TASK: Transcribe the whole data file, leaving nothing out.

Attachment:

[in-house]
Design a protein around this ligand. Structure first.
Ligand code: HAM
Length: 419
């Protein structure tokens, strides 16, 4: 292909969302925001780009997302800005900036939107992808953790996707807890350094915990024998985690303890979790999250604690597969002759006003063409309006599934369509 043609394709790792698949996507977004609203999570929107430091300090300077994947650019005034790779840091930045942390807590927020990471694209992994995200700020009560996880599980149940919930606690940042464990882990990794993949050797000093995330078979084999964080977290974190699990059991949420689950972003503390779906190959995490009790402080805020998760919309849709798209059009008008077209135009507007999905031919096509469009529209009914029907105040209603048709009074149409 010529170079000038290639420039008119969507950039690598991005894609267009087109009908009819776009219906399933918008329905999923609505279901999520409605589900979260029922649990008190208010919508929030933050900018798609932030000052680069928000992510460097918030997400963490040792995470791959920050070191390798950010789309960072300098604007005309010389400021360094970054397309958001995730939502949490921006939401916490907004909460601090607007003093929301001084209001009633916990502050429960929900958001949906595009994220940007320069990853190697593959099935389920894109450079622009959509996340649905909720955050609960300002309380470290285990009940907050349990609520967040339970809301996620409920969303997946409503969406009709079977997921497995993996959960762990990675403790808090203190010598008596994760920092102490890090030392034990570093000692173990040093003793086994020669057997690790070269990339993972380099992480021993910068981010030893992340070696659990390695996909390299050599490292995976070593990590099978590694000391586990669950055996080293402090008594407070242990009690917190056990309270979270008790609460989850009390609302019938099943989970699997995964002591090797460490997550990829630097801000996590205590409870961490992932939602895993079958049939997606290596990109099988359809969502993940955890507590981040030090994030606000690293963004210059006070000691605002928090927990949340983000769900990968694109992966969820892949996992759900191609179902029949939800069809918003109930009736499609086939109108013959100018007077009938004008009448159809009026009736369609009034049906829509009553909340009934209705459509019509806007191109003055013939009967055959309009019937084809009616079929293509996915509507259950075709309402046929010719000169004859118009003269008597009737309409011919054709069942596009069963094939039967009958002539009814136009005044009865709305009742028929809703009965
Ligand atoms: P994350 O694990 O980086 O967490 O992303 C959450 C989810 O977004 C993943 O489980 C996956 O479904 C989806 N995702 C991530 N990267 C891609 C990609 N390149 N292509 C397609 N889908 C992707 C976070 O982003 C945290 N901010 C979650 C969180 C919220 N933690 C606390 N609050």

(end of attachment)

[in-house]
Design a protein around this ligand. Structure first.
Ligand code: HAM
Length: 419
């Protein structure tokens, strides 16, 4: 292909969302925001780009997302800005900036939107992808953790996707807890350094915990024998985690303890979790999250604690597969002759006003063409309006599934369509 043609394709790792698949996507977004609203999570929107430091300090300077994947650019005034790779840091930045942390807590927020990471694209992994995200700020009560996880599980149940919930606690940042464990882990990794993949050797000093995330078979084999964080977290974190699990059991949420689950972003503390779906190959995490009790402080805020998760919309849709798209059009008008077209135009507007999905031919096509469009529209009914029907105040209603048709009074149409 010529170079000038290639420039008119969507950039690598991005894609267009087109009908009819776009219906399933918008329905999923609505279901999520409605589900979260029922649990008190208010919508929030933050900018798609932030000052680069928000992510460097918030997400963490040792995470791959920050070191390798950010789309960072300098604007005309010389400021360094970054397309958001995730939502949490921006939401916490907004909460601090607007003093929301001084209001009633916990502050429960929900958001949906595009994220940007320069990853190697593959099935389920894109450079622009959509996340649905909720955050609960300002309380470290285990009940907050349990609520967040339970809301996620409920969303997946409503969406009709079977997921497995993996959960762990990675403790808090203190010598008596994760920092102490890090030392034990570093000692173990040093003793086994020669057997690790070269990339993972380099992480021993910068981010030893992340070696659990390695996909390299050599490292995976070593990590099978590694000391586990669950055996080293402090008594407070242990009690917190056990309270979270008790609460989850009390609302019938099943989970699997995964002591090797460490997550990829630097801000996590205590409870961490992932939602895993079958049939997606290596990109099988359809969502993940955890507590981040030090994030606000690293963004210059006070000691605002928090927990949340983000769900990968694109992966969820892949996992759900191609179902029949939800069809918003109930009736499609086939109108013959100018007077009938004008009448159809009026009736369609009034049906829509009553909340009934209705459509019509806007191109003055013939009967055959309009019937084809009616079929293509996915509507259950075709309402046929010719000169004859118009003269008597009737309409011919054709069942596009069963094939039967009958002539009814136009005044009865709305009742028929809703009965
Ligand atoms: P994350 O694990 O980086 O967490 O992303 C959450 C989810 O977004 C993943 O489980 C996956 O479904 C989806 N995702 C991530 N990267 C891609 C990609 N390149 N292509 C397609 N889908 C992707 C976070 O982003 C945290 N901010 C979650 C969180 C919220 N933690 C606390 N609050």